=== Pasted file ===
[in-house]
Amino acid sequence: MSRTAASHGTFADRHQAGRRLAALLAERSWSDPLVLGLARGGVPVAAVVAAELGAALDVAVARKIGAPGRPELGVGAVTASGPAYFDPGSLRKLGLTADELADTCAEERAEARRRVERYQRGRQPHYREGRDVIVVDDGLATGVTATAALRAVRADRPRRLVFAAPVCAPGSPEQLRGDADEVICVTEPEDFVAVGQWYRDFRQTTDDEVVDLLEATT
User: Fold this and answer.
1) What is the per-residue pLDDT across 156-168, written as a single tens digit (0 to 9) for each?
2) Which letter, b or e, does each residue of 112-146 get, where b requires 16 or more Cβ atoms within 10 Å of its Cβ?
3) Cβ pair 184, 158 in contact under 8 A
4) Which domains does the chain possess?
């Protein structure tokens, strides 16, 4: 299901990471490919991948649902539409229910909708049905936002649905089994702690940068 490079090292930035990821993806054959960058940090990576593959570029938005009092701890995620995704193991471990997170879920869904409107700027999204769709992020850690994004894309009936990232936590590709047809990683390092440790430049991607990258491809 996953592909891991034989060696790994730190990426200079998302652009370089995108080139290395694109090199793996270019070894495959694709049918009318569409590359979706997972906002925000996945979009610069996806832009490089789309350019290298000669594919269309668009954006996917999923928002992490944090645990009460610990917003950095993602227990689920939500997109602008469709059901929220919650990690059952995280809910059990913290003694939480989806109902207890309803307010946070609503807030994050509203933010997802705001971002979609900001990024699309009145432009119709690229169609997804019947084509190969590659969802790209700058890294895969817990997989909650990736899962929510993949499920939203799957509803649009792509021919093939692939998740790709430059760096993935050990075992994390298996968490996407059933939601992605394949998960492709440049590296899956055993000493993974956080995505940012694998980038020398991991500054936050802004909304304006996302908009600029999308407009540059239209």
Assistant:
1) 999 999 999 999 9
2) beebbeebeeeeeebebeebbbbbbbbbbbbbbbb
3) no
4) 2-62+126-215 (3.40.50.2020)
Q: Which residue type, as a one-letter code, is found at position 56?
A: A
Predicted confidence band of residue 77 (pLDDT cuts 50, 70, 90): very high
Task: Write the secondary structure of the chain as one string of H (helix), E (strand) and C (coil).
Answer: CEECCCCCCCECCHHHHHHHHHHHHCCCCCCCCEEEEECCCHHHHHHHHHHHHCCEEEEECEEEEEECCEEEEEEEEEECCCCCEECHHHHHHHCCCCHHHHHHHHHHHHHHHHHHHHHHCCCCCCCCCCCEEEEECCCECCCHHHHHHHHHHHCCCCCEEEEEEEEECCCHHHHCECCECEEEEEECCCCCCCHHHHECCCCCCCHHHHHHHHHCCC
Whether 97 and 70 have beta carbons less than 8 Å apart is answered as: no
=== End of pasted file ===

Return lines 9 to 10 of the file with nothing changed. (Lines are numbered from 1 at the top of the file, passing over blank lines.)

Assistant:
1) 999 999 999 999 9